My name is Daniel Van Veghel, and I am a fourth year Arts & Science student at Mac. I am working to complete my Minor in GIS, and this semester I am taking “GIS Programming” through Mac’s School of Earth, Environment and Society. The course aims to show how Python can be a useful tool for analyzing spatial data by automating repetitive tasks and creating custom Script Tools, and it is definitely one of my favourite courses thus far in my degree.

This semester our class was given a capstone assignment dealing with food security within the City of Hamilton. Reisig and Hobbis (2000) describe food deserts as areas where residents “experience physical and economic barriers to accessing healthy food,” and this is often attributed to the development of superstore consumption and/or residents’ limited access to personal automobiles (p. 2). As such, it is important to determine residents’ ease of access to healthy food options via multiple modes of transportation. In the assignment, we were given a Network Dataset for the City of Hamilton, as well as a municipal boundary Feature Class and a Feature Class of Residential land use polygons within the City — these polygons had been intersected and dissolved by Census Dissemination Area. Our task was to compute several measures of proximity and cumulative opportunity for two modes of transportation (walking and driving), for residents in each of these Census DAs — exporting the final table as an Excel Spreadsheet for easy readability. The measures of proximity included the closest Supermarket and closest Convenience store via both modes of transportation available in the Network Dataset, and the cumulative opportunity measures included the tabulation of Supermarkets and Convenience Stores within 5 minute travel Service Areas. As these measures were somewhat repetitive, emphasis was placed on the need for efficiency within the Python Script.

The main area of the assignment: the Municipality of Hamilton. Seen as red points are the Convenience Stores and Supermarkets used in the analysis.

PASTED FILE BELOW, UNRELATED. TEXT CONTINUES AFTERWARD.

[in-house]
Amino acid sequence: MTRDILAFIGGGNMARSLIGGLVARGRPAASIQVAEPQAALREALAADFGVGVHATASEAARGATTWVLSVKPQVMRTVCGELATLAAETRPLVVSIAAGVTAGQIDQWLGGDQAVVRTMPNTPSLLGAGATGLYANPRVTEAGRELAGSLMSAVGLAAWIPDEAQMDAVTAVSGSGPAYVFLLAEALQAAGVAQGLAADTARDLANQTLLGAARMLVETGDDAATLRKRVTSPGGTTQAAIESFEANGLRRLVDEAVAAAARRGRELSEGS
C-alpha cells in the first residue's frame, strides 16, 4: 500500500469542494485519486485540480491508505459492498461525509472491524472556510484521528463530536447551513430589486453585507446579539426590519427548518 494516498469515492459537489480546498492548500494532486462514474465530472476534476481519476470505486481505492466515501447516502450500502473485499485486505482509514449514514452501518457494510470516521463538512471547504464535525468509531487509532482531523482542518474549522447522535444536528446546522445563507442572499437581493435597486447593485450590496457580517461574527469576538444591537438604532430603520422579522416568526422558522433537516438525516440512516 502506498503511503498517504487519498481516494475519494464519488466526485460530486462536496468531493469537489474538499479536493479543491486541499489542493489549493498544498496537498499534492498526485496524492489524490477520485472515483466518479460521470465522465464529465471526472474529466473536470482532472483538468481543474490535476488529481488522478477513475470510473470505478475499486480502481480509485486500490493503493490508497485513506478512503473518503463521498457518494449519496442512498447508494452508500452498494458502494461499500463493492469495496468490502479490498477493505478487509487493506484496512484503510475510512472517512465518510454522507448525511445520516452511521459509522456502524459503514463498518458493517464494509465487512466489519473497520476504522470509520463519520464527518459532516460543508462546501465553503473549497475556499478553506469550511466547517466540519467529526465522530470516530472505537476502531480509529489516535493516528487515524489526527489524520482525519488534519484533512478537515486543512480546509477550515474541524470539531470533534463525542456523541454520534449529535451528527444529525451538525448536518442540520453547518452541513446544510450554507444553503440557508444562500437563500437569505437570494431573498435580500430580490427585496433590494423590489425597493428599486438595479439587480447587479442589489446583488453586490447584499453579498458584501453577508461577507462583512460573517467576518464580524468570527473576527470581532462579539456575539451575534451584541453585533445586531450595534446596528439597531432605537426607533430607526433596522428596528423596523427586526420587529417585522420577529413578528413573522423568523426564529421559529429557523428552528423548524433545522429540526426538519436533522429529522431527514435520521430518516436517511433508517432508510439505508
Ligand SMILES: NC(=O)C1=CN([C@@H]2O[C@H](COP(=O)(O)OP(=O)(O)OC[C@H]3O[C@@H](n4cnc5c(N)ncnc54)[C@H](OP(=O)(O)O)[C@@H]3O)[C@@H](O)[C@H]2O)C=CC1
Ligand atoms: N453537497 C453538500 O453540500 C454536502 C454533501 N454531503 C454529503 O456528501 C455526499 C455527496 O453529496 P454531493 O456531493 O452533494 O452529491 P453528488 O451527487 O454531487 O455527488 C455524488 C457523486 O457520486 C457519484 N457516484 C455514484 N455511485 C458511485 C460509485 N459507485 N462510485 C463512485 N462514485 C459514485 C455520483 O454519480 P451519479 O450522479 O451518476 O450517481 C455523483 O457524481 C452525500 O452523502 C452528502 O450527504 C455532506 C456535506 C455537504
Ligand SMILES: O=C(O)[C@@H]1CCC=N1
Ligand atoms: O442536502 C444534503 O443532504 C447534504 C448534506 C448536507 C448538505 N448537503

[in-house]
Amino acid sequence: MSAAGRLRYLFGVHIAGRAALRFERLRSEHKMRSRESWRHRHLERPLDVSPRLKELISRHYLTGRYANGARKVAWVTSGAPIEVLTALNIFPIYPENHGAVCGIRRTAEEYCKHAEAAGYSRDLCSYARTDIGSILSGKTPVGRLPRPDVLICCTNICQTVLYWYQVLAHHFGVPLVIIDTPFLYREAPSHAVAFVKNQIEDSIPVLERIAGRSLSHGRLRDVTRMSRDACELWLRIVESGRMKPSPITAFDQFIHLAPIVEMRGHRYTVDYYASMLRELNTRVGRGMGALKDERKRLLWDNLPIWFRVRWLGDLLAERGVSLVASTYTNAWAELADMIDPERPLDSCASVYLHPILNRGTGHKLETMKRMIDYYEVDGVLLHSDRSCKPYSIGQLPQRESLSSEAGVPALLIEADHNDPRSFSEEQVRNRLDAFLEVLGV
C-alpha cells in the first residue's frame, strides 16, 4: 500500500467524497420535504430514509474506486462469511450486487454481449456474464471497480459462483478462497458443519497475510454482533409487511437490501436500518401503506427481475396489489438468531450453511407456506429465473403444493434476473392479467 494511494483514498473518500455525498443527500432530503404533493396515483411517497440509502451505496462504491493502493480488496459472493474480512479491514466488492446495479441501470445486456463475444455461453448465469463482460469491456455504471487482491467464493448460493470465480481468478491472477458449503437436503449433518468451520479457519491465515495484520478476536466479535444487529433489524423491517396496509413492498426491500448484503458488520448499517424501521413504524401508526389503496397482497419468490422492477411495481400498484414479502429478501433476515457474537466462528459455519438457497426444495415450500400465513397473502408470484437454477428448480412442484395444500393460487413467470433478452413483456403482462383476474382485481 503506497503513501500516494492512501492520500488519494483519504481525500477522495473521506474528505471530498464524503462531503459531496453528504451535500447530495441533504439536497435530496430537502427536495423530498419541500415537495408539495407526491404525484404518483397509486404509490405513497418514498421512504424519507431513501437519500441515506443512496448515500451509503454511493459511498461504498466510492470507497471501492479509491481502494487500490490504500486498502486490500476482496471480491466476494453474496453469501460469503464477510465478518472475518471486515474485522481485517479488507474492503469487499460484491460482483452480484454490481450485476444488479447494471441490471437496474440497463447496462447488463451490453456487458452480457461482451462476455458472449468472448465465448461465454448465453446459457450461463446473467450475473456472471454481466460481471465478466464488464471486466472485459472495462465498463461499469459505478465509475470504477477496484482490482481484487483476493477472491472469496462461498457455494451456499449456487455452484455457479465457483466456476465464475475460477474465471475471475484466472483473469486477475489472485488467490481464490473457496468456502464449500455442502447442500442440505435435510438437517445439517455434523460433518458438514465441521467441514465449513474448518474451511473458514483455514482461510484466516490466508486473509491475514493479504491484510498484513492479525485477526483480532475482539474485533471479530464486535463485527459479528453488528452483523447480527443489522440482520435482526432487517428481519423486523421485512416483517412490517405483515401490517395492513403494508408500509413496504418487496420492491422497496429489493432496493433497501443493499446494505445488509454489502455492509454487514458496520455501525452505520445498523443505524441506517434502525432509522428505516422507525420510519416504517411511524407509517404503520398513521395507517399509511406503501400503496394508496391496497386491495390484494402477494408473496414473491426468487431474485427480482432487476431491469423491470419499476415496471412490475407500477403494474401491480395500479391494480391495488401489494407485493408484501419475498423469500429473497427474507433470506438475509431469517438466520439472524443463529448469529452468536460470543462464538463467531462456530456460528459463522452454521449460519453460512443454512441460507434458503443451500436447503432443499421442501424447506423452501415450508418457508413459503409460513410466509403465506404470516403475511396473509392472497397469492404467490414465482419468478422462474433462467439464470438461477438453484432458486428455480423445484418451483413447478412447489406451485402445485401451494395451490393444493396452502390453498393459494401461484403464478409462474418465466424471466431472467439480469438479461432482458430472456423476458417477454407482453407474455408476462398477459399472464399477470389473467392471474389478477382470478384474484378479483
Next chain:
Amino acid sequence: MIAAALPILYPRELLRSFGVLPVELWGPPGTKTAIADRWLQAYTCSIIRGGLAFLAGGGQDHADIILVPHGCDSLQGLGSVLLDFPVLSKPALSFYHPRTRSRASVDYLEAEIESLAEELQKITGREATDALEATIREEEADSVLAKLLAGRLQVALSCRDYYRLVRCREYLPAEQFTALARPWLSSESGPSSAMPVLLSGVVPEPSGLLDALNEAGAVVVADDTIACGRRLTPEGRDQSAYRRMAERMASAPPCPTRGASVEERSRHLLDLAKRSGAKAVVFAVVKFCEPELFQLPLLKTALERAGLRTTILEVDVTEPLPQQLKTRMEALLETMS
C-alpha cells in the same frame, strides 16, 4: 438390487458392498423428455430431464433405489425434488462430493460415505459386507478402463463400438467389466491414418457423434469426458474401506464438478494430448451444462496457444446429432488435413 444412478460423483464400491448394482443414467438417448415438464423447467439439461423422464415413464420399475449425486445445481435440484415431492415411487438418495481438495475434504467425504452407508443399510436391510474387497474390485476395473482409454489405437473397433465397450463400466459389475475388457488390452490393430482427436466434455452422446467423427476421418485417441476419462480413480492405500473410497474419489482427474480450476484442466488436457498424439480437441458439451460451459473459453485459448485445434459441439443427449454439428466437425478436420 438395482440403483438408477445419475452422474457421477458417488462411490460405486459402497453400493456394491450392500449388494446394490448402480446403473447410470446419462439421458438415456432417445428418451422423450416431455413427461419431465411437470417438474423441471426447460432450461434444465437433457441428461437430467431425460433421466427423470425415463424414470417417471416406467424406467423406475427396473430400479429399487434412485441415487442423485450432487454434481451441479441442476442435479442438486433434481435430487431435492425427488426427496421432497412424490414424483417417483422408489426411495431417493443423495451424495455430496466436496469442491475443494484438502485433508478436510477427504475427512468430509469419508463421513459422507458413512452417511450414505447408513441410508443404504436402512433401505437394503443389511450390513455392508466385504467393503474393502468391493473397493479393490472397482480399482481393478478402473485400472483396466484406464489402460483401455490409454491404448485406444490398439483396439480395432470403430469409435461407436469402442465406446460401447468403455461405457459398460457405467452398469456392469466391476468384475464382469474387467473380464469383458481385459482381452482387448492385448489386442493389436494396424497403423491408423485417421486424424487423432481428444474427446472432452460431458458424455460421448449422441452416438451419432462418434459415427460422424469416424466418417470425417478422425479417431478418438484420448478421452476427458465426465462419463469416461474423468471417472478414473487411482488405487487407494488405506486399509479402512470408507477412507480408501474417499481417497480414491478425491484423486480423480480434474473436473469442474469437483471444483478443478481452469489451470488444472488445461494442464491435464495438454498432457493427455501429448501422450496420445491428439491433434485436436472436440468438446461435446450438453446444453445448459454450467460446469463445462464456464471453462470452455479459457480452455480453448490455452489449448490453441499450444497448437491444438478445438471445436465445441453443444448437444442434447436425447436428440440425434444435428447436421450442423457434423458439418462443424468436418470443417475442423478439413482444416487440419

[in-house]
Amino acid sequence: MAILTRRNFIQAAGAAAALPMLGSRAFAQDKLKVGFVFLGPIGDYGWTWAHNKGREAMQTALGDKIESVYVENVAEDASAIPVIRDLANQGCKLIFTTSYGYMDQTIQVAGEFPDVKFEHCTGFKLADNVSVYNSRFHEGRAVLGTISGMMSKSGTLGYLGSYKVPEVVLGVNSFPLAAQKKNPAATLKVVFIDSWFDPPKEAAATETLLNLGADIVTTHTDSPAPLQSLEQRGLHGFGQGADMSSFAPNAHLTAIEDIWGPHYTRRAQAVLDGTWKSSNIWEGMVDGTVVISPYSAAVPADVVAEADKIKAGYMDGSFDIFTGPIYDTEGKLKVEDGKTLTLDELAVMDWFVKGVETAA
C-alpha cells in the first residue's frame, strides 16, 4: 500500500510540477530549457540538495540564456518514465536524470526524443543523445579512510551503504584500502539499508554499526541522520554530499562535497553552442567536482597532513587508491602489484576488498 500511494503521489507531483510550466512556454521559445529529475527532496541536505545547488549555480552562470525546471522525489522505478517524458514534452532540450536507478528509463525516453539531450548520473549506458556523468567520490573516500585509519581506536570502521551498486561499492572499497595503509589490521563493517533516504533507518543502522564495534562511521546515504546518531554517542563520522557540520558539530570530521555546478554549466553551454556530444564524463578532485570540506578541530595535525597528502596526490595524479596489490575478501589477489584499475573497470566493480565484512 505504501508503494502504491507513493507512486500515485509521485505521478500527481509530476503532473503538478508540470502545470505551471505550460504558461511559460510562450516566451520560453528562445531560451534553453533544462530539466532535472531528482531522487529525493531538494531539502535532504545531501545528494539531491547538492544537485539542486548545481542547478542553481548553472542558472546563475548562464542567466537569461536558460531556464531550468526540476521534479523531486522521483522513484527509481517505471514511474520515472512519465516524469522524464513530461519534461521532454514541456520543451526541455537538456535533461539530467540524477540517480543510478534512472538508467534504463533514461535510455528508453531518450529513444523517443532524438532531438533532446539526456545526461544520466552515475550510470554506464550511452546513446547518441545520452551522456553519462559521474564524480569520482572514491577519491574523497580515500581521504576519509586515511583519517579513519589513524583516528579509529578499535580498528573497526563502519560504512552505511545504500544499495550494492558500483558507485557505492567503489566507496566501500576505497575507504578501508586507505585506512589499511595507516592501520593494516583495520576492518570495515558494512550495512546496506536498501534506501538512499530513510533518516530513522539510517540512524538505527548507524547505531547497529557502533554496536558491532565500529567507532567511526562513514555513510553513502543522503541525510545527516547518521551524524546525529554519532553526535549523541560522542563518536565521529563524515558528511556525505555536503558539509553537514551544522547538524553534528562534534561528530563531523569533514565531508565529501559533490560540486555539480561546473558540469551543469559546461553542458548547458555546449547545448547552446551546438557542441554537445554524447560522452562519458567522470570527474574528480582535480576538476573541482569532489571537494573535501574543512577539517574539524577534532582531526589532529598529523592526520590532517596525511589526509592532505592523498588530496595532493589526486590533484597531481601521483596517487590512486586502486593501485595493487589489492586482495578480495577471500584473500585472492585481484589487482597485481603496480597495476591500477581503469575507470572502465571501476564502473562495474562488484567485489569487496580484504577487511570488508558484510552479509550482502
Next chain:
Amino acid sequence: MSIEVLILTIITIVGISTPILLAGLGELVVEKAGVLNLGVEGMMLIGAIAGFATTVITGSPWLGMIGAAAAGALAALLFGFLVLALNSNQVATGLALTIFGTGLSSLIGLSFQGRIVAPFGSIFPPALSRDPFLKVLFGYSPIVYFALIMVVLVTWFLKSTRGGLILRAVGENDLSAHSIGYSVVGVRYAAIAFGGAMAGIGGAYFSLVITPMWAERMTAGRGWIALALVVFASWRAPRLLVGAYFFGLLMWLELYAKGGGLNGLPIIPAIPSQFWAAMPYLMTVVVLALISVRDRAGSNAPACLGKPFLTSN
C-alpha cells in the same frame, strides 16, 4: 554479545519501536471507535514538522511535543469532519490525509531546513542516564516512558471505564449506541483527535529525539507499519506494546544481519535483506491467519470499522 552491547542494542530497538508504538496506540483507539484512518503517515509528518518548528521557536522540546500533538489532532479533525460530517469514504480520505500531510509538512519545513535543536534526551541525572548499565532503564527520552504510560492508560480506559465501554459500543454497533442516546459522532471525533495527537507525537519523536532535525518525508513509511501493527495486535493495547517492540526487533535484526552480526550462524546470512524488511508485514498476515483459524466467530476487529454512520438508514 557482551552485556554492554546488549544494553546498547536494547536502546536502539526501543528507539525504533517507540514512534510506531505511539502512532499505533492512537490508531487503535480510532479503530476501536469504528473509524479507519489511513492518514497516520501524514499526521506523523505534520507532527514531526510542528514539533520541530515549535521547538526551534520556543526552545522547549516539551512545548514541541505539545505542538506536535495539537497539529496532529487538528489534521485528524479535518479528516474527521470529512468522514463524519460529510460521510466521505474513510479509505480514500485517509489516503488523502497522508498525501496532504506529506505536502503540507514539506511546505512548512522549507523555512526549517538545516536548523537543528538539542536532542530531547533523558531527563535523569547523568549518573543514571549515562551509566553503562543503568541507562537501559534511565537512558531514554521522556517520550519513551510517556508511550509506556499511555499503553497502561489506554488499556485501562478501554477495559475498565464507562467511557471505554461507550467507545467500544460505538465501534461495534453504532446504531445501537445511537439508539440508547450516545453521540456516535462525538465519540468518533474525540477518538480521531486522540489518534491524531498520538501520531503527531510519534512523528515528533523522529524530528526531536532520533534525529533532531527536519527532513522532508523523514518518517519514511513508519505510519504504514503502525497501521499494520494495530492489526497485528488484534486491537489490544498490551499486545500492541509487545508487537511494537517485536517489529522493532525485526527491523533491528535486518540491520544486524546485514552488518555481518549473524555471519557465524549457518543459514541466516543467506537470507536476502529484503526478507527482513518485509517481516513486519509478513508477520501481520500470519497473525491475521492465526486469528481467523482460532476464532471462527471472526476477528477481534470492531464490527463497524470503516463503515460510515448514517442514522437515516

Using Python to efficiently determine these accessibility measures:

First, a new Feature Dataset was created within the assignment Geodatabase where all layers created in the Network Analysis would be saved. From there, the analysis itself could begin. There were essentially two main variables to account for in each section of the problem: type of store, and type of travel mode. As such, to maximize the efficiency of the process, several Python “For” loops were created to iterate through store types and travel modes. These loops created Closest Facility and Service Area Objects, relating them to the pertinent Incident and Facility objects in Hamilton. Important in both of the main loops of the solution I created, was the proper labelling of each Attribute Field, in order to reflect the travel modes and destination types. Finally, my code joined the important attribute columns into one single shapefile that could be eventually exported as a final Excel Spreadsheet solution.

A snapshot of several neighbourhoods in Hamilton. The blue polygons are the service areas for each Census DA for a 5 minute walk.

The Python code made use of several powerful ArcGIS analysis tools, including Tabulate Intersection to sum point features within polygons, and the Select tool to create store-specific point files. Additionally, the script made use of multiple instances of the Add Message option within ArcPy. This was so that the script was able to keep the user up to date on the steps the code was taking and what layers/aspects of the analysis had successfully run. The final Excel Spreadsheet showed each Census DA with relevant Census information — such as Population and Number of Households — and many columns detailing travel times to different types of stores for a given mode. Subsequently, the final spreadsheet details the number of stores — by store type — within the Service Areas. This spreadsheet could be an important component in analyzing Census DA residents’ ability to easily get to stores by walking or car, and thus determining which neighbourhoods would benefit from a greater number of stores supplying healthy foods.

What made Python so important in this Analysis?

Could this assignment been done without the use of ArcPy and a Python Interpreter? Yes, it could have been done using the Network Analyst Geoprocessing Tools available in ArcGIS. However, Python’s ability to allow for looping, iterating through lists of data, allowed for the repetitive portions of this assignment to be trimmed down to a couple dozen lines of code. Rather than writing over a hundred lines of code creating each individual Closest Facility and Service Area objects for each travel mode and store type, or using the ArcGIS tools repetitively for each step in the process, using Python allowed for multiple iterations of the process and created all of the necessary layers and Attribute Fields for the needed Excel Spreadsheet without the monotonous task of repeating one’s actions over and over. The ArcPy package is a powerful asset to use in GIS analysis, and in conjunction with the Network Analyst Module, proved to be very useful for computing Hamiltonian’s access to healthy food options.

Referenced in this post:

Reisig, V., & Hobbiss, A. (2000). Food deserts and how to tackle them: A study of one city’s approach. Health Education Journal, 59(2), 137-149. doi:10.1177/001789690005900203